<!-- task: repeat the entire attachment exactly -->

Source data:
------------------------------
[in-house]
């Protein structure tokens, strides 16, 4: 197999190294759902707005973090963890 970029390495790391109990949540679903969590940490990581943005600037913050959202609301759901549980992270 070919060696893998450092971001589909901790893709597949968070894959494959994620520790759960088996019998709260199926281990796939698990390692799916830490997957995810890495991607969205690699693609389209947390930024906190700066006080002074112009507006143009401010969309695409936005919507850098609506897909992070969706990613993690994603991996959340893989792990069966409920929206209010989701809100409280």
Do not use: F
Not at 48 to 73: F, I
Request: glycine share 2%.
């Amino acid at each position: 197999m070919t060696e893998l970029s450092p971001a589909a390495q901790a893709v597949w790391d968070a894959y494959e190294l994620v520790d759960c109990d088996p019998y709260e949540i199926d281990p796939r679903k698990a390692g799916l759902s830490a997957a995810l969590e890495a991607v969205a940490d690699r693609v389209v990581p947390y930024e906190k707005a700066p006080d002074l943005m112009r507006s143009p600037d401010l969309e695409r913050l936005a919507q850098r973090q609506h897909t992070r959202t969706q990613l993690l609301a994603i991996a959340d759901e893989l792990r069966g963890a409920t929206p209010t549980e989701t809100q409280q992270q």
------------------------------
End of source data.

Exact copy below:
[in-house]
């Protein structure tokens, strides 16, 4: 197999190294759902707005973090963890 970029390495790391109990949540679903969590940490990581943005600037913050959202609301759901549980992270 070919060696893998450092971001589909901790893709597949968070894959494959994620520790759960088996019998709260199926281990796939698990390692799916830490997957995810890495991607969205690699693609389209947390930024906190700066006080002074112009507006143009401010969309695409936005919507850098609506897909992070969706990613993690994603991996959340893989792990069966409920929206209010989701809100409280």
Do not use: F
Not at 48 to 73: F, I
Request: glycine share 2%.
């Amino acid at each position: 197999m070919t060696e893998l970029s450092p971001a589909a390495q901790a893709v597949w790391d968070a894959y494959e190294l994620v520790d759960c109990d088996p019998y709260e949540i199926d281990p796939r679903k698990a390692g799916l759902s830490a997957a995810l969590e890495a991607v969205a940490d690699r693609v389209v990581p947390y930024e906190k707005a700066p006080d002074l943005m112009r507006s143009p600037d401010l969309e695409r913050l936005a919507q850098r973090q609506h897909t992070r959202t969706q990613l993690l609301a994603i991996a959340d759901e893989l792990r069966g963890a409920t929206p209010t549980e989701t809100q409280q992270q």